Student stories - six back-to-back marathons in the Sahara11 February 2016
Ever fancied running the equivalent of six marathons back-to-back in 50 degree heat through the Sahara Desert? No? Well, one of our students – Louise Johnstone – is going to do just that, as she’s secured a place in the gruelling Marathon des Sables.
Known as ‘the toughest footrace on earth’, the Marathon des Sables started in 1986 and is now in its 28th consecutive year.
It continues to grow in popularity with every edition, and Louise will be running the race to raise money for the Dundee Association for Mental Health (DAMH), which provides support to people recovering from mental health difficulties, and campaigns to break down the stigma surrounding mental health.
Louise is carrying out her Masters by Research here at Abertay, alongside running her own personal training business – Louise’s PT 4 U – and has to fit her training for the event, which takes place eight weeks today, around a busy schedule. We caught up with her to find out how she’s getting on.
What made you want to run this race?
“In a runner’s world, well depending on what kind of runner you are, there are a number of iconic races that hit your 'once in a lifetime' list. The Marathon des Sables is one of them! I love the idea of a challenge, something that requires me to strive for new depths when it comes to my own abilities and reserves. This is it!”
What’s so special about the Marathon des Sables?
“The race itself involves covering 156 miles over six days in the Sahara Desert, self-sufficient. This means covering distances from 10 to 56 miles on back-to-back days carrying all your own kit. The distances depend on the course, which changes each year, but we’ve all had an email with the words 'on the longest route since 1986', which is when the race began!
“The support crew kindly transport tents or bivouacs to each daily final destination. They also have innumerable first aid kits and provide water at checkpoints.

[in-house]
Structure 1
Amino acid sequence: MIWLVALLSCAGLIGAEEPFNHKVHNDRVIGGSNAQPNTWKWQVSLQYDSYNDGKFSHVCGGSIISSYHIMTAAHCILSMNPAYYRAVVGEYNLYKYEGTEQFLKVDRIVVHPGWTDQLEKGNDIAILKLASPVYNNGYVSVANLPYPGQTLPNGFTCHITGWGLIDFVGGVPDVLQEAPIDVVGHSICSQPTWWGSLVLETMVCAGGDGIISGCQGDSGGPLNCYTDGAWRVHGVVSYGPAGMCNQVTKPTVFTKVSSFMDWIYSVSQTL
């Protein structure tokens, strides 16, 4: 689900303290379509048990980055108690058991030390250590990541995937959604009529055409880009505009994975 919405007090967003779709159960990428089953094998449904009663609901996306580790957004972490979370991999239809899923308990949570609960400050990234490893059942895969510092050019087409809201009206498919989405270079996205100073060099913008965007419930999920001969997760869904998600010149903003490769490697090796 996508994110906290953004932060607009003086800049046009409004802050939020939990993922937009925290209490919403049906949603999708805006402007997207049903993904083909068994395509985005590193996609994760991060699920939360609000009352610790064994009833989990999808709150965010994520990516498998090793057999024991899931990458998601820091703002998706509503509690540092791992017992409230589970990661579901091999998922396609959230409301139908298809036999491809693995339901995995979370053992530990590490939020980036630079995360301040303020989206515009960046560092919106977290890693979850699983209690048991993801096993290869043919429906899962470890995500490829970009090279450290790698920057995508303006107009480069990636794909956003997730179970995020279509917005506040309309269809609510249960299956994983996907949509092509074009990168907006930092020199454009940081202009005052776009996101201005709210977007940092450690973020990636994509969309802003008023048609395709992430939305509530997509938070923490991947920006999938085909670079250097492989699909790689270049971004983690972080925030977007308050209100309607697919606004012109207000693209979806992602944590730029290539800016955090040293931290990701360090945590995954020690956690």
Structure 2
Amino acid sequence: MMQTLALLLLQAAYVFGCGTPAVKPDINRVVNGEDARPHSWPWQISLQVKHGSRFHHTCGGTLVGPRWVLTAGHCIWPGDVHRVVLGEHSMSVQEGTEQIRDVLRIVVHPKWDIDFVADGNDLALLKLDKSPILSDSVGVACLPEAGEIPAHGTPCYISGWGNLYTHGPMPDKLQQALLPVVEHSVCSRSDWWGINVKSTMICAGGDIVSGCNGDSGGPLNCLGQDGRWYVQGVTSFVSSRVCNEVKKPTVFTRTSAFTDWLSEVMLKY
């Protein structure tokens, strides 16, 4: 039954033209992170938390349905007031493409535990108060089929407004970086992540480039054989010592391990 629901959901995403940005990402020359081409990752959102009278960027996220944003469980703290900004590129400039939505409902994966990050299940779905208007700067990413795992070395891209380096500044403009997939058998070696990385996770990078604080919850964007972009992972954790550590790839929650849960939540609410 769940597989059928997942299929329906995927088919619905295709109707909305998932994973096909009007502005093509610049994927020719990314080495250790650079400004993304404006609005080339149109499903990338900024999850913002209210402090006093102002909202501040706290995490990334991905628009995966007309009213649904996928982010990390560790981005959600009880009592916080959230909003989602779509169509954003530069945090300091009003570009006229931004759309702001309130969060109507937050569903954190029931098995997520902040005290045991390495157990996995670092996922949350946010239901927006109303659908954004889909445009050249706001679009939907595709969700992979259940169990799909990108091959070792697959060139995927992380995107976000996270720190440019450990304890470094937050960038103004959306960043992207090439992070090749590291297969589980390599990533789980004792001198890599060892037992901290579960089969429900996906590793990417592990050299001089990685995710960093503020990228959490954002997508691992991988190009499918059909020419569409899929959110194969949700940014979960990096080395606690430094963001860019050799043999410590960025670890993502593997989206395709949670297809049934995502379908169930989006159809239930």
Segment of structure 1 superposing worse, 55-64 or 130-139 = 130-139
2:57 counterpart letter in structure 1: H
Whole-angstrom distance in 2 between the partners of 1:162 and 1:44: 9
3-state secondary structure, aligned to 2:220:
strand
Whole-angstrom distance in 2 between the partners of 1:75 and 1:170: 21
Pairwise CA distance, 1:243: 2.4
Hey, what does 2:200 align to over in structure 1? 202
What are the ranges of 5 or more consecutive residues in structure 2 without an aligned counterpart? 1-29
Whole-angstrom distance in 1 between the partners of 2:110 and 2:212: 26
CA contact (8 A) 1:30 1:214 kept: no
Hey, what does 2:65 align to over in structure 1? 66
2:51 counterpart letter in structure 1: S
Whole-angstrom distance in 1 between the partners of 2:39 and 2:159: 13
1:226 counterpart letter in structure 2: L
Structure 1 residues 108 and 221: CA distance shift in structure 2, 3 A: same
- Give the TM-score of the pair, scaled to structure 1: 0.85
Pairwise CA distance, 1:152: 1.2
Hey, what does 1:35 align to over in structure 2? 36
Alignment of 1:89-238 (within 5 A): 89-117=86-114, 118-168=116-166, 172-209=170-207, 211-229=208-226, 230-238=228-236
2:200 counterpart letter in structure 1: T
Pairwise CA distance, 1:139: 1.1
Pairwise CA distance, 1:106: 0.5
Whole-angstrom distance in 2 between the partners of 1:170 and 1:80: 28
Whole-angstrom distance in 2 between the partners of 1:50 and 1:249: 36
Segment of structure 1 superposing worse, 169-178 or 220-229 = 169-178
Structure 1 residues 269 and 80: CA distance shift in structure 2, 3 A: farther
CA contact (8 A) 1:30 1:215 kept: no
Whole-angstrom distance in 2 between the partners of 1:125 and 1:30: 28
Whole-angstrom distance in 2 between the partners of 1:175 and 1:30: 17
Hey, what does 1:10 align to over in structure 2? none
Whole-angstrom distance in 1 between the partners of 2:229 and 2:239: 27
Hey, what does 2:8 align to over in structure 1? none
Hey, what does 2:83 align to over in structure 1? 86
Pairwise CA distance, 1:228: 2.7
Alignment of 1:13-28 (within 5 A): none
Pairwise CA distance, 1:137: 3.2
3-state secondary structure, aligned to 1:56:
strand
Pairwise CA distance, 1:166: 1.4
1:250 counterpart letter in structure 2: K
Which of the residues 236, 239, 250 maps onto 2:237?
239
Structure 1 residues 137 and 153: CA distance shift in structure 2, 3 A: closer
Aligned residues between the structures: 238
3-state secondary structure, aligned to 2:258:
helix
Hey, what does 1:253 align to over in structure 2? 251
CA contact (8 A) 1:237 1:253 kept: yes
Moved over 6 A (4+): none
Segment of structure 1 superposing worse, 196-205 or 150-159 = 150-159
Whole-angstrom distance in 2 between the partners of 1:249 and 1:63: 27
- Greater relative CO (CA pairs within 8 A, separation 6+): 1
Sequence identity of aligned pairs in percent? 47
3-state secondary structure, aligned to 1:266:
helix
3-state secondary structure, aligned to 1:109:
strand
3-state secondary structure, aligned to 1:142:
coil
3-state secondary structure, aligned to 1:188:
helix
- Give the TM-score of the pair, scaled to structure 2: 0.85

“Runners from all over the world enter the race, with approximately 1000 competitors taking part. It can take years to get into this race, as so many people want to do it. You can run alone, with tent-mates or simply anyone who matches the pace you are able to sustain for that day. The heat can get up to approximately 50 degrees and I’m told April will also be sandstorm month.”
How are you feeling about the prospect of running such a long distance in such incredible heat?
“The heat is probably the part that worries me the most. That and the dry humidity. Being Scottish, it makes for a very difficult few months of training through winter when it’s just so wet. Last weekend I was running in the local hills through snow. When I get to Morocco in April I’ll be running on sand dunes. The key element will be our hydration and nutrition strategies within the race but also our ability to practice these prior to race week.”
Have you ever done an ultramarathon before?
“I began running in 2011 after a rugby injury left me with nerve damage to my lower leg. Since then I’ve completed a couple of marathons and some ultra events. It is these that I feel have prepared me the most for this event. They included The Pilgrims Way, which was 66 miles over two days, and the 100 Mile Run, which is the equivalent of four marathons in four days. They were also so much fun to complete and take part in. There is a real camaraderie amongst fellow runners and you really do make life-long friends on these events.”
What made you choose to raise money for the Dundee Association for Mental Health?